Biden’s first stop on Monday was a private meeting with Japanese Emperor Naruhito at Naruhito’s residence in the lush territories of the Imperial Palace before plunging into extensive talks with Kishid on trade, Russia’s invasion of Ukraine, the North Korean nuclear threat, and two. ‘Answers to COVID-19 and more.
Kishida and Biden will also meet with the families of Japanese citizens abducted by North Korea decades ago. The Prime Minister of Japan took office last fall and seeks to strengthen ties with the United States and build a personal relationship with Biden. He will take the president to a restaurant for dinner.
The launch of the Indo-Pacific Economic Structure, also known as IPEF, has been called by the White House one of the most important moments of Biden’s trip to Asia and his ongoing efforts to strengthen ties with Pacific allies. Through all this, administration officials have closely monitored the growth of China’s economic and military power in the region.
In September, the United States announced a new partnership with Australia and the United Kingdom called AUKUS, which aims to deepen cooperation in security, diplomacy and defense in the Asia-Pacific region. Thanks to this partnership with AUKUS, Australia will purchase nuclear submarines, and the US should increase the deployment of rotating forces in Australia.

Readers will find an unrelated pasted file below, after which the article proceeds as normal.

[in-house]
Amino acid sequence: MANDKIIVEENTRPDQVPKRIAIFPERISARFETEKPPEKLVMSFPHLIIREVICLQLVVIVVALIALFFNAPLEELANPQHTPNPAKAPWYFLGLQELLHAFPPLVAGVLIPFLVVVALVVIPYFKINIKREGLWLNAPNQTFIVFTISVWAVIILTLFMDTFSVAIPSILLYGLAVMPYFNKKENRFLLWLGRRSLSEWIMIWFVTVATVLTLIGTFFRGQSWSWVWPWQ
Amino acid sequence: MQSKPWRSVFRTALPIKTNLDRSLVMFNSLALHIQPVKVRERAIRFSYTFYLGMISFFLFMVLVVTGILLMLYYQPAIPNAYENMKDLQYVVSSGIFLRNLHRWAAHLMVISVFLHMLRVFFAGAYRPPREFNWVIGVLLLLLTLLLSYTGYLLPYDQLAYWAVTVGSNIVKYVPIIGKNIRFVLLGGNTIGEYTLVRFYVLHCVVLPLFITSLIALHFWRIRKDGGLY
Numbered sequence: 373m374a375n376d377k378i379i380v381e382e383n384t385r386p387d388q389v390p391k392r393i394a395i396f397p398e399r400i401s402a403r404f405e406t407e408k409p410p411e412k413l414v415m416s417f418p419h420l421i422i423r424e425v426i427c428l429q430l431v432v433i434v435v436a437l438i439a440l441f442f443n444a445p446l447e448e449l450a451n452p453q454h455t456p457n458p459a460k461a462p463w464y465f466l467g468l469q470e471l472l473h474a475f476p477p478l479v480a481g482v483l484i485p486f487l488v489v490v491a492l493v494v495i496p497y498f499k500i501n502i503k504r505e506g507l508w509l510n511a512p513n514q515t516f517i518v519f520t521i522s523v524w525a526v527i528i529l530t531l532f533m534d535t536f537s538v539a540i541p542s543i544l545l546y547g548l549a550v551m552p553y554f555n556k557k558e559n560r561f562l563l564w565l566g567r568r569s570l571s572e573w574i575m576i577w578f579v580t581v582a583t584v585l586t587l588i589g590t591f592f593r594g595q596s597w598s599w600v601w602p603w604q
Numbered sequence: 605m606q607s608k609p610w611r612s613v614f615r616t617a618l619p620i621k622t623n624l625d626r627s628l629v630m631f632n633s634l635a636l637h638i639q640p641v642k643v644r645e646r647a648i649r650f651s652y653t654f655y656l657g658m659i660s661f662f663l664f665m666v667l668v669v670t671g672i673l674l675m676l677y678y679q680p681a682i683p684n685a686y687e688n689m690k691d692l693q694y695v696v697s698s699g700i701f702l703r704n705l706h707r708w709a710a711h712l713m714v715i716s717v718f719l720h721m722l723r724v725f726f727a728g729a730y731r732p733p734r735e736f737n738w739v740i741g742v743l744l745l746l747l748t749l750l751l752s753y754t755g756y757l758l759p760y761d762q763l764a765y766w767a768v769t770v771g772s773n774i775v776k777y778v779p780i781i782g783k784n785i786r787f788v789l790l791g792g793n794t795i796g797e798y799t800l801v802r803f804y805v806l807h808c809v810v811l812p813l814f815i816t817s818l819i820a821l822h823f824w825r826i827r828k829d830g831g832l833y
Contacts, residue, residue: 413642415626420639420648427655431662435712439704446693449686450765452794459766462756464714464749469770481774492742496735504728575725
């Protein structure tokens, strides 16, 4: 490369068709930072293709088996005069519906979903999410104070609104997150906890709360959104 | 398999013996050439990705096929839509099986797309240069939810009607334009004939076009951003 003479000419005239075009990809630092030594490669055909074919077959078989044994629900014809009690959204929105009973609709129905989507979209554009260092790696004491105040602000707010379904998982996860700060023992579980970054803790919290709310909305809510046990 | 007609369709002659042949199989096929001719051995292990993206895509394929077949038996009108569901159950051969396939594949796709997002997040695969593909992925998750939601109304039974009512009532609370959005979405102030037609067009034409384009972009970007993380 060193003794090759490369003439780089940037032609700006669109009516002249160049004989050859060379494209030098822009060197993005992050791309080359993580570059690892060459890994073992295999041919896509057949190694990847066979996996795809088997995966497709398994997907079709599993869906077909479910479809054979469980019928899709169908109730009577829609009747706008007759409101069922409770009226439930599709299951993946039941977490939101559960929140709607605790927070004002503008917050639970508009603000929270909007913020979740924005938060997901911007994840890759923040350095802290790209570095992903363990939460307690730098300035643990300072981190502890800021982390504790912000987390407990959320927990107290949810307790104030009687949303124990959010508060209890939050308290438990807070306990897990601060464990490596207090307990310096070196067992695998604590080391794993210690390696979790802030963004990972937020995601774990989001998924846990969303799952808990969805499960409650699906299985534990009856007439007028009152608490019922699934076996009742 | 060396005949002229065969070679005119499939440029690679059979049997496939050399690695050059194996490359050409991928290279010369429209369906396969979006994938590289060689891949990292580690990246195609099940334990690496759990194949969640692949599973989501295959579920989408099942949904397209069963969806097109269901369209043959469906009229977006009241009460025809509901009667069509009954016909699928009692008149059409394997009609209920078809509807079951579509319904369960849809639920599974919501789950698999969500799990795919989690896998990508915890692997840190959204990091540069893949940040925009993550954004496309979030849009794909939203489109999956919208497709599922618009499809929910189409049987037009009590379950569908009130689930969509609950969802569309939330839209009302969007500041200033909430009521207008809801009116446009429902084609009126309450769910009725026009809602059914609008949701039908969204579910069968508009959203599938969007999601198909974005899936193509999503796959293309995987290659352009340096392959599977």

The U.S. president also paid close attention to an informal alliance known as the Quad, which formed during the response to the 2004 Indian Ocean tsunami that killed about 230,000 people. Biden and his fellow leaders from the alliance, which also includes Australia, India and Japan, are set to gather in Tokyo for their second personal meeting in less than a year. Since Biden took office, the leaders have also made two video calls.
Earlier this month, Biden gathered representatives of nine of the 10 members of the Association of Southeast Asian Nations in Washington for the first summit in the history of the organization in the US capital. At the summit, Biden announced that the United States is investing about $ 150 million in clean energy and infrastructure initiatives in ASEAN countries.
On Sunday, Sullivan confirmed that Taiwan, which has aspired to IPEF membership, is not among the governments to be included. The involvement of the self-governing island of Taiwan, which China claims on its own, has annoyed Beijing.
Sullivan said the United States wants to deepen economic partnerships with Taiwan, including on high technology and individual semiconductor supplies.
Biden will end his five days in Asia on Tuesday with a Quad meeting and one-on-one talks with Indian Prime Minister Narendra Modi and newly elected Australian Prime Minister Anthony Albanese.
The center-left leader of the Australian Labor Party this weekend defeated incumbent President Scott Morrison and ended nine years of conservative rule.
Modi, the leader of the world’s largest democracy, has refused to join the United States and other allies in imposing sanctions on Russia for invading Ukraine. During a video call last month, Biden asked Modi not to speed up the purchase of Russian oil.